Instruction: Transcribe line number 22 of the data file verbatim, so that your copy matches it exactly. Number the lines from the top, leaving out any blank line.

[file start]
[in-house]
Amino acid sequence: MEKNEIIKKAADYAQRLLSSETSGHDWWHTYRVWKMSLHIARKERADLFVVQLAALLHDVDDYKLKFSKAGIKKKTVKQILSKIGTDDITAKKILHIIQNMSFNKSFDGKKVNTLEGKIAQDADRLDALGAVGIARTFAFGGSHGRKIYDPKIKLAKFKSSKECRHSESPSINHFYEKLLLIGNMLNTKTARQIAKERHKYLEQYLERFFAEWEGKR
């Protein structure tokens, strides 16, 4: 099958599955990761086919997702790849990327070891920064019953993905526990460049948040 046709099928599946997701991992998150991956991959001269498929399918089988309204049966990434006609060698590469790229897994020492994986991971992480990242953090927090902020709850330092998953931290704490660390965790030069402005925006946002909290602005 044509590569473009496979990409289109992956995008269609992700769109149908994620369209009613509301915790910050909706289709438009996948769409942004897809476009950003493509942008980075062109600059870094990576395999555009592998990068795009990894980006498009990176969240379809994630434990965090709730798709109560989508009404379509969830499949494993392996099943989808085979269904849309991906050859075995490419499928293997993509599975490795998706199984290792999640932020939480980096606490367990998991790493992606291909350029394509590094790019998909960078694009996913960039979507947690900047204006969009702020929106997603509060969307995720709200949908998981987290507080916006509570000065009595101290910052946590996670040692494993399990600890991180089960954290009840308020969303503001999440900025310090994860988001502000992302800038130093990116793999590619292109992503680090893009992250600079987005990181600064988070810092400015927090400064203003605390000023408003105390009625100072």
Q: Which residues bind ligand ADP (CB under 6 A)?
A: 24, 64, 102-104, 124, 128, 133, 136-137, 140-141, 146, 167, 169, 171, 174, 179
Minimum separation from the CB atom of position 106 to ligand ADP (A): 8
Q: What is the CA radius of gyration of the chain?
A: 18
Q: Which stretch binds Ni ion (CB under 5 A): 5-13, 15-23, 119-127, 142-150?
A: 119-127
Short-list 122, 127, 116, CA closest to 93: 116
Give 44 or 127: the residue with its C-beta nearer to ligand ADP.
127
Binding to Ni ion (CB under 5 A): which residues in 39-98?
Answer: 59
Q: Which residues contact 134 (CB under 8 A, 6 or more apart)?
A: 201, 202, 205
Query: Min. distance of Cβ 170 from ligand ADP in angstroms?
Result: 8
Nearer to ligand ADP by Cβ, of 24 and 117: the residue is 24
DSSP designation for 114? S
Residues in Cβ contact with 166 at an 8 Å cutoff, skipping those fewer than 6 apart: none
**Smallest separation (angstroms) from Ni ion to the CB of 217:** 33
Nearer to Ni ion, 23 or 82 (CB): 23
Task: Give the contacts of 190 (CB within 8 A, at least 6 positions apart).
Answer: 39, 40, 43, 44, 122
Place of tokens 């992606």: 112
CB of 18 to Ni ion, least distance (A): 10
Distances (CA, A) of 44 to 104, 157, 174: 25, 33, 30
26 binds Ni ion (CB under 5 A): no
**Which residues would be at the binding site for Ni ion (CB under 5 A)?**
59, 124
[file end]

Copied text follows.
Residues in Cβ contact with 166 at an 8 Å cutoff, skipping those fewer than 6 apart: none